The yellow badges with an exclamation mark and the red badges indicate fonts that have problems. Click the pop-up menu in the upper-left corner of the Font Validation window, and choose Warnings Or Errors, as shown in Figure Font Book filters the list to show only fonts that have problems that need to be resolved. A yellow or red badge appears next to each font that has a problem.

Each font selected should have a yellow or red badge. Be certain the Warnings Or Errors filter is applied before selecting the check boxes. Do not use Select All — that can select all your fonts. In the Font Validation window, click Remove Fonts. When you empty the Trash, they are completely removed from your system.

Restart your computer. To put your fonts back, right-click them in the Trash and choose Put Back. You can drag your deleted fonts out of the Trash and copy them to a disc to make an archive copy. To get rid of the fonts forever, empty the Trash while the fonts are in the Trash. Removing bad fonts.

Soaring with Cloud Computing Cloud computing is an exciting expression for a rather dusty-sounding concept. For Office , it means you have new ways to distribute and share documents with co-workers, classmates, and friends. Because the Internet is such a changeable place, by the time you read this, things could change. As we write, there are four main cloud computing platforms available to you: It requires a Facebook account. This Microsoft site has built-in integration with Office applications.

It requires a Windows Live or Hotmail account. This option is used by large organizations to provide a private cloud, one that is not on the Internet. SharePoint offers the most privacy and security, but requires a dedicated server and network. This application is similar to Docs. Each platform is a bit different. The following list describes the major comparison points, and Table gives you the quick-and-dirty summary of the comparison: This refers to the ability to upload, store, download, and set permissions on files so that you and the people you choose can have a common access point for files.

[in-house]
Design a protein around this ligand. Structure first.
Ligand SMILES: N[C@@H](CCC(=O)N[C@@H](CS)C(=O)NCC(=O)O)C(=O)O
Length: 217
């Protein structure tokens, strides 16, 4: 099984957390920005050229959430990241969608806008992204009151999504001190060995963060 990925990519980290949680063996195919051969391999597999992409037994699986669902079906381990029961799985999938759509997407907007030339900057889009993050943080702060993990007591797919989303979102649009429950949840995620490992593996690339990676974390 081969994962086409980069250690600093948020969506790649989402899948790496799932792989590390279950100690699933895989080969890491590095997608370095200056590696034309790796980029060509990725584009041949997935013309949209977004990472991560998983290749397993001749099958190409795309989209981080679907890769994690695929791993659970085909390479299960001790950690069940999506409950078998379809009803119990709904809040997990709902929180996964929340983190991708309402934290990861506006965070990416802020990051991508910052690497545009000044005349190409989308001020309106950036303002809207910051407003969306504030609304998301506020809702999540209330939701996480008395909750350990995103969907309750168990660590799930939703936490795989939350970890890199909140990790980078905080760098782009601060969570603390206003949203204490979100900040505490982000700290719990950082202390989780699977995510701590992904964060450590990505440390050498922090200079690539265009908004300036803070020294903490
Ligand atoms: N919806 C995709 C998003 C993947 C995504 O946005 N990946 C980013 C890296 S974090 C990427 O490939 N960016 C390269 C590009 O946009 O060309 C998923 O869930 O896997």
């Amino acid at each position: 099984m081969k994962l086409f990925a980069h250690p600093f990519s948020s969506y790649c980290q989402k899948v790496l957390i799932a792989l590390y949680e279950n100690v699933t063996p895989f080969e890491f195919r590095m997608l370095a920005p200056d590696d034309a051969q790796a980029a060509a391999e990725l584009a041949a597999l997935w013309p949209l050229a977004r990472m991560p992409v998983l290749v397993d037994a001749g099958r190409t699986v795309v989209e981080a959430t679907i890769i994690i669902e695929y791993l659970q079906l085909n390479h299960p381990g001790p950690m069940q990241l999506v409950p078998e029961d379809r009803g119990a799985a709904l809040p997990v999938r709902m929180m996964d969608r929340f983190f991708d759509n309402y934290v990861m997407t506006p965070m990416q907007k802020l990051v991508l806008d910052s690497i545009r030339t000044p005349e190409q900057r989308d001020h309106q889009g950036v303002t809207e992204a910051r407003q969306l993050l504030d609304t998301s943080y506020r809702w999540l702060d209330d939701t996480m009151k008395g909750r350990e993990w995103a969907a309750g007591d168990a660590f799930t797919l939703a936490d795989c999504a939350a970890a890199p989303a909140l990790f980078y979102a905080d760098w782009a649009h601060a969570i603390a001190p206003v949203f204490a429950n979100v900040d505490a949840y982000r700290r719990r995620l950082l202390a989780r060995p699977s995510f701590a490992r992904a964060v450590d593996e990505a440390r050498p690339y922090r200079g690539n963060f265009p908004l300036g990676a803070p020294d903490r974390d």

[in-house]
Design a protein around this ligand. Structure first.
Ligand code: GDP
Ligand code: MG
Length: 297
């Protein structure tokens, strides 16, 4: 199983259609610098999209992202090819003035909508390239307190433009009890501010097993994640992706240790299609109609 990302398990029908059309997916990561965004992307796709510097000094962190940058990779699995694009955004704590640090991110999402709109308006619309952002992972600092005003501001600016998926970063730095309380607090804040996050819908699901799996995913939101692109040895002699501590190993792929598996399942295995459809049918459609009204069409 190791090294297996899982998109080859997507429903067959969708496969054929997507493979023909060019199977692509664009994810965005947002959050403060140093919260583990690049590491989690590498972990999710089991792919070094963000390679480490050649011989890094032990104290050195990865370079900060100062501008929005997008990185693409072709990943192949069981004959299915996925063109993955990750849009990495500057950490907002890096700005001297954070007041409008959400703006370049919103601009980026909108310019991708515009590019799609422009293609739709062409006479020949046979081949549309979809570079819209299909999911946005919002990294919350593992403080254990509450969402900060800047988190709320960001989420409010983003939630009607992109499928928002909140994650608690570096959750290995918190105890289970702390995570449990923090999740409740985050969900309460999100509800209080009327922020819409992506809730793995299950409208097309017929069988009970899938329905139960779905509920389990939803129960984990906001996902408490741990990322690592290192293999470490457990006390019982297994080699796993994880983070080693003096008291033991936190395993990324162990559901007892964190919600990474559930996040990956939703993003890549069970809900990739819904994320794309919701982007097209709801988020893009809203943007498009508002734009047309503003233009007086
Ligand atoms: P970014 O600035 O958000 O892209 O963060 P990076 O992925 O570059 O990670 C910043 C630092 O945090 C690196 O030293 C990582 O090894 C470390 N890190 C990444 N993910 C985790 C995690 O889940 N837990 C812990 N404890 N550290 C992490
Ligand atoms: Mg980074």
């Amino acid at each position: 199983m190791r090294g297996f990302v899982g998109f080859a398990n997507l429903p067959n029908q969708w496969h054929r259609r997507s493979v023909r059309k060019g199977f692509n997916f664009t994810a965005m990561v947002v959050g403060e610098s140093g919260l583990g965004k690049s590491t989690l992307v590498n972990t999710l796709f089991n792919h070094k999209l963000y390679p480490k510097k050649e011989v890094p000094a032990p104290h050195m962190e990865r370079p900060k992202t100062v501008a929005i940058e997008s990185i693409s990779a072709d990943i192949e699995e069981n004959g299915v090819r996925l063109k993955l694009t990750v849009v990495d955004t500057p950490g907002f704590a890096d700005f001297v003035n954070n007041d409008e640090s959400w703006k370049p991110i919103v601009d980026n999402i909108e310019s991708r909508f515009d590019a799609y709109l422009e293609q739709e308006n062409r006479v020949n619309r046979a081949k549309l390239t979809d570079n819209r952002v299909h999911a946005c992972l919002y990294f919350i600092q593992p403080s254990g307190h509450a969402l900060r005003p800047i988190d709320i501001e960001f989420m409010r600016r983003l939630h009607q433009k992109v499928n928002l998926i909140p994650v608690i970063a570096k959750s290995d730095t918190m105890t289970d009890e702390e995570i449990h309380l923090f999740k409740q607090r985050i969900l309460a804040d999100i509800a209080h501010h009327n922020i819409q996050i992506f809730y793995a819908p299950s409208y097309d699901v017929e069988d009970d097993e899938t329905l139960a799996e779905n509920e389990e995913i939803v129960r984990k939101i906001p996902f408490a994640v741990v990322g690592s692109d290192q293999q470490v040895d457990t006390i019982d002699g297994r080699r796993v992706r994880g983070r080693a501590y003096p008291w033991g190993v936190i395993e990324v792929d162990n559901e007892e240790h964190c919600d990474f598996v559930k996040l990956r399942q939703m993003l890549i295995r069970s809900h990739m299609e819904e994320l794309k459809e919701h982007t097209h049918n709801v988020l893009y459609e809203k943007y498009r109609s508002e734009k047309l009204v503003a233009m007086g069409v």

Office lets you and another person make changes to a single document simultaneously in real time. SkyDrive and SharePoint allow this feature to work. Web applications are lightweight word-processing, spreadsheet, and presentation software that runs in your Web browser. By no means are any of these even remotely as good as the applications in Office With all services except SharePoint, you exchange your contact information, content, habits, and screen space for advertising in exchange for the privilege of using cloud services.

SharePoint is the only cloud option we suggest that can be configured to work with information that must be kept private or confidential. Chapter 2: New to Office for Mac is the Ribbon, which is a blend of commands from menus, toolbars, palettes, the Elements Gallery, and more.

Put together, all these features provide many convenient ways for you to accomplish your goals within the programs that comprise Microsoft Office. Within the Ribbon, you can find many commands that were on palettes in previous Office versions. And of course you can also find newer commands that were not available in previous versions!

We come back to the Ribbon later in this chapter and show it to you. But before we do that, we take you on an exploration of other familiar interface options. Musing about Menus Menus are a staple of Mac applications. The menu bar continues to the right edge of the screen, but everything to the right of the Help menu belongs to Mac OS X or other open applications. Of course, you can activate individual menus by clicking corresponding menu items to expose their contents and submenus.

Another way to navigate menus is using arrow keys to navigate and then pressing Return to activate your menu choice. The Application menu. Starting from the upper-left corner of your entire screen or feel free to refer to Figure you can find: Mac OS X, rather than the current application, supplies this menu. Located immediately to the right of the Apple menu, this menu offers access to these important options: Displays a message box that describes the current version of the open application and its installed updates.

Include this information when making inquiries about this product, when contacting the manufacturer, or when using online community forums. Displays the preferences for the current application. Notice the keyboard shortcut for this is displayed to the right of the command.

Some preferences that you access here may influence more than one application. All sorts of additional features from Mac OS X and other applications can be found here. This hides the application from view. Yes, this may make former Windows users feel more at home. This becomes available when you hide one or more applications.